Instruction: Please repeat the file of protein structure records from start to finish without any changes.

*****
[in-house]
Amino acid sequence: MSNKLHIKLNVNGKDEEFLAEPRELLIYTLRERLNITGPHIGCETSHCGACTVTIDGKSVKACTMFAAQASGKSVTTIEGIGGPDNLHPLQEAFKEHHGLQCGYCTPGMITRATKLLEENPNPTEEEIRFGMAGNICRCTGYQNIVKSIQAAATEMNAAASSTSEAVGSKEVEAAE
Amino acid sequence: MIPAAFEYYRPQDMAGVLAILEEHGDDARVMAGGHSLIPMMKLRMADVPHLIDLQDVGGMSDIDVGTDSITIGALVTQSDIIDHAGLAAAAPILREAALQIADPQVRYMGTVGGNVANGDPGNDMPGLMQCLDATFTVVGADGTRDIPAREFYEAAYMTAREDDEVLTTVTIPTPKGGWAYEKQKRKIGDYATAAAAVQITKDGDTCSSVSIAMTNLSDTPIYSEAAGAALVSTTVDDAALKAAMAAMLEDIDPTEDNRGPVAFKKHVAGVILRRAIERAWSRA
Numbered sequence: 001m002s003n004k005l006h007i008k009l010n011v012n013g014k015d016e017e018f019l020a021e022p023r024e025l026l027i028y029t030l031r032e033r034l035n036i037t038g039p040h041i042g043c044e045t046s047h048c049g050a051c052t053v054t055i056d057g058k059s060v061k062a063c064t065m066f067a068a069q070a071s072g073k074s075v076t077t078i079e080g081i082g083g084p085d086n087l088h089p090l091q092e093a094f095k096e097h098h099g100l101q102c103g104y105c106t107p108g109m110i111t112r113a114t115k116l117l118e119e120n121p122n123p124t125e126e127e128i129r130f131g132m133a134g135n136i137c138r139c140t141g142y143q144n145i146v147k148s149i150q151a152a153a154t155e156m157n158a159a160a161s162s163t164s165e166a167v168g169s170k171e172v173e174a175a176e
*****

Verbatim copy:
[in-house]
Amino acid sequence: MSNKLHIKLNVNGKDEEFLAEPRELLIYTLRERLNITGPHIGCETSHCGACTVTIDGKSVKACTMFAAQASGKSVTTIEGIGGPDNLHPLQEAFKEHHGLQCGYCTPGMITRATKLLEENPNPTEEEIRFGMAGNICRCTGYQNIVKSIQAAATEMNAAASSTSEAVGSKEVEAAE
Amino acid sequence: MIPAAFEYYRPQDMAGVLAILEEHGDDARVMAGGHSLIPMMKLRMADVPHLIDLQDVGGMSDIDVGTDSITIGALVTQSDIIDHAGLAAAAPILREAALQIADPQVRYMGTVGGNVANGDPGNDMPGLMQCLDATFTVVGADGTRDIPAREFYEAAYMTAREDDEVLTTVTIPTPKGGWAYEKQKRKIGDYATAAAAVQITKDGDTCSSVSIAMTNLSDTPIYSEAAGAALVSTTVDDAALKAAMAAMLEDIDPTEDNRGPVAFKKHVAGVILRRAIERAWSRA
Numbered sequence: 001m002s003n004k005l006h007i008k009l010n011v012n013g014k015d016e017e018f019l020a021e022p023r024e025l026l027i028y029t030l031r032e033r034l035n036i037t038g039p040h041i042g043c044e045t046s047h048c049g050a051c052t053v054t055i056d057g058k059s060v061k062a063c064t065m066f067a068a069q070a071s072g073k074s075v076t077t078i079e080g081i082g083g084p085d086n087l088h089p090l091q092e093a094f095k096e097h098h099g100l101q102c103g104y105c106t107p108g109m110i111t112r113a114t115k116l117l118e119e120n121p122n123p124t125e126e127e128i129r130f131g132m133a134g135n136i137c138r139c140t141g142y143q144n145i146v147k148s149i150q151a152a153a154t155e156m157n158a159a160a161s162s163t164s165e166a167v168g169s170k171e172v173e174a175a176e